As with all sanctions measures, there may be big profits available for those willing to break the rules. To minimise that risk, some experts are pushing for additional safeguards.
Robin Brooks, chief economist at the Institute for International Finance, said a price cap could be “highly effective” but only if vessels are banned from obtaining insurance if they are carrying Russian oil that has been priced above the cap level.
It is becoming increasingly clear that genuine international consensus and concerted action are urgently needed. The consequences of further delay could be extreme.
Putin’s war chest, built up from sales of expensive oil, means he can risk losing the other main source of his revenue: gas. This is a grave concern for Europe.
In recent weeks, the Kremlin has sharply reduced supplies to Germany, Italy, France and several other EU countries, raising the prospect of blackouts and rationing if supplies run out this winter.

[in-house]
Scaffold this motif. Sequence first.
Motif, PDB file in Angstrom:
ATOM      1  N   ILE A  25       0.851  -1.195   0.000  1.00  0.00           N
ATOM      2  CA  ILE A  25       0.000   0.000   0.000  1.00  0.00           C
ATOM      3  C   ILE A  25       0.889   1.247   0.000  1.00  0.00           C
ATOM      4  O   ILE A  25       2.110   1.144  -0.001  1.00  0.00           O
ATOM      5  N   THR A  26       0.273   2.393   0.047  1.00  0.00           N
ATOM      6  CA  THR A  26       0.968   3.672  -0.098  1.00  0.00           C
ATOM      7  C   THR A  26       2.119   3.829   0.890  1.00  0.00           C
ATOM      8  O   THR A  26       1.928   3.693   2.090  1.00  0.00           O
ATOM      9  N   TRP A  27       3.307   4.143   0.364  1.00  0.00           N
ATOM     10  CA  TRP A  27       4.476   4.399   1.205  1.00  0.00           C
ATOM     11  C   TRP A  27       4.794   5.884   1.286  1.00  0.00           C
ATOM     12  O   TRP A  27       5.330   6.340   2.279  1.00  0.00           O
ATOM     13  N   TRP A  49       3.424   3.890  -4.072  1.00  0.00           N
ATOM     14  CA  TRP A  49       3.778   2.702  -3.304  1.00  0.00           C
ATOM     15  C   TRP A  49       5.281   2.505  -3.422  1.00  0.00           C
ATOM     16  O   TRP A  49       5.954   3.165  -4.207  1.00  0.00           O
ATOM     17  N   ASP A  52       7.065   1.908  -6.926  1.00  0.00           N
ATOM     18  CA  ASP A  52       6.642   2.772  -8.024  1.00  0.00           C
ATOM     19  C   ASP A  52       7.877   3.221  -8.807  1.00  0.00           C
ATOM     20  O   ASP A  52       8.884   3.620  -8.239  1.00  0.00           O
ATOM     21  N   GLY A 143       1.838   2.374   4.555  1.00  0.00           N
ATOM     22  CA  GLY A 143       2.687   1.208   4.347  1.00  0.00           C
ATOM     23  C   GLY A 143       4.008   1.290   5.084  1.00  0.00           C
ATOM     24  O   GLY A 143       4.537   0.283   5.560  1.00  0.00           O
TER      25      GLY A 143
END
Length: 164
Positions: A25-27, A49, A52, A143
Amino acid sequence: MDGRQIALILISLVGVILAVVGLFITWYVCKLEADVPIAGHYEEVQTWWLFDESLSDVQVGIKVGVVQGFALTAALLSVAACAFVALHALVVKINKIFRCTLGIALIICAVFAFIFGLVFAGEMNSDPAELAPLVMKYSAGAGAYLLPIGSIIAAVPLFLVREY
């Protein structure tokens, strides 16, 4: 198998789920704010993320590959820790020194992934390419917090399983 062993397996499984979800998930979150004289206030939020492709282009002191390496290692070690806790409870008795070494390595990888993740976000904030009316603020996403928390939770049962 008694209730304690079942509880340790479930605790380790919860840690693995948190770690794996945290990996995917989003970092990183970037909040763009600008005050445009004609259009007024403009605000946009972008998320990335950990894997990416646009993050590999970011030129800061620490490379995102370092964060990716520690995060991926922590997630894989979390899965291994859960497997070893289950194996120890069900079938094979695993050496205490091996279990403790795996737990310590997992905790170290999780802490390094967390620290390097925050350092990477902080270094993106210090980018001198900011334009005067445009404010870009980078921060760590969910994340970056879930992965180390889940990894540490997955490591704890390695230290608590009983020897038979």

Back in Southwold, there are more immediate concerns. The town’s mayor, Will Windell, says ship-to-ship oil transfers pose a risk to the environment while offering almost no benefit to the local economy. He wants them banned immediately before a major spill happens. There have been near-misses in the past.
Even without a large spill, transferring oil at sea is not a clean process. Chemicals are sprayed into the water to disperse any oil that does inevitably leak. Then there are the diesel fumes from what can sometimes be 25 or 30 tankers in the area.
This coastline is designated an area of outstanding natural beauty yet it is also one of the few places in the country where oil transfers are allowed.
“This is a major industry going on out there,” Windell says, scanning the horizon. “There are industrial-scale oil transfers happening and there’s no regulation. There’s no one going out to check on these ships.”
The government declined to comment.